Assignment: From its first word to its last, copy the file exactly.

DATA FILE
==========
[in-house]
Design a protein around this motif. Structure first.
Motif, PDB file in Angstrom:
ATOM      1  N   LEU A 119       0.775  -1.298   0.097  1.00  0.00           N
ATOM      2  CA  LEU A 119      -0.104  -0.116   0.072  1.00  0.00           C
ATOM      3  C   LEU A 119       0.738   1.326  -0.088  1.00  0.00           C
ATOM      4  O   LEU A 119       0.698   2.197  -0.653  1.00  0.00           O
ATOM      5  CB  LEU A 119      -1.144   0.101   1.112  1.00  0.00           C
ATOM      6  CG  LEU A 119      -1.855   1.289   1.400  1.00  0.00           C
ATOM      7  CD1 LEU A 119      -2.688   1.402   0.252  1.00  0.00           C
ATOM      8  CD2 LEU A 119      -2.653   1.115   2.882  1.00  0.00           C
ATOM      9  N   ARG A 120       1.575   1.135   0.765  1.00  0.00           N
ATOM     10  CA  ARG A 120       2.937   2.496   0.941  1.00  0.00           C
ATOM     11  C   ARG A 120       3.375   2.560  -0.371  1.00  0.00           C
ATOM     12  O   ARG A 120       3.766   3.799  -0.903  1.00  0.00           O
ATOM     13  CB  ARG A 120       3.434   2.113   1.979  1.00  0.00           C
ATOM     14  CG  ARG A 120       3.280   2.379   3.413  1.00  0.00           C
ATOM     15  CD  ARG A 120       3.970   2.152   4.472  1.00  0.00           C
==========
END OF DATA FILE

[in-house]
Design a protein around this motif. Structure first.
Motif, PDB file in Angstrom:
ATOM      1  N   LEU A 119       0.775  -1.298   0.097  1.00  0.00           N
ATOM      2  CA  LEU A 119      -0.104  -0.116   0.072  1.00  0.00           C
ATOM      3  C   LEU A 119       0.738   1.326  -0.088  1.00  0.00           C
ATOM      4  O   LEU A 119       0.698   2.197  -0.653  1.00  0.00           O
ATOM      5  CB  LEU A 119      -1.144   0.101   1.112  1.00  0.00           C
ATOM      6  CG  LEU A 119      -1.855   1.289   1.400  1.00  0.00           C
ATOM      7  CD1 LEU A 119      -2.688   1.402   0.252  1.00  0.00           C
ATOM      8  CD2 LEU A 119      -2.653   1.115   2.882  1.00  0.00           C
ATOM      9  N   ARG A 120       1.575   1.135   0.765  1.00  0.00           N
ATOM     10  CA  ARG A 120       2.937   2.496   0.941  1.00  0.00           C
ATOM     11  C   ARG A 120       3.375   2.560  -0.371  1.00  0.00           C
ATOM     12  O   ARG A 120       3.766   3.799  -0.903  1.00  0.00           O
ATOM     13  CB  ARG A 120       3.434   2.113   1.979  1.00  0.00           C
ATOM     14  CG  ARG A 120       3.280   2.379   3.413  1.00  0.00           C
ATOM     15  CD  ARG A 120       3.970   2.152   4.472  1.00  0.00           C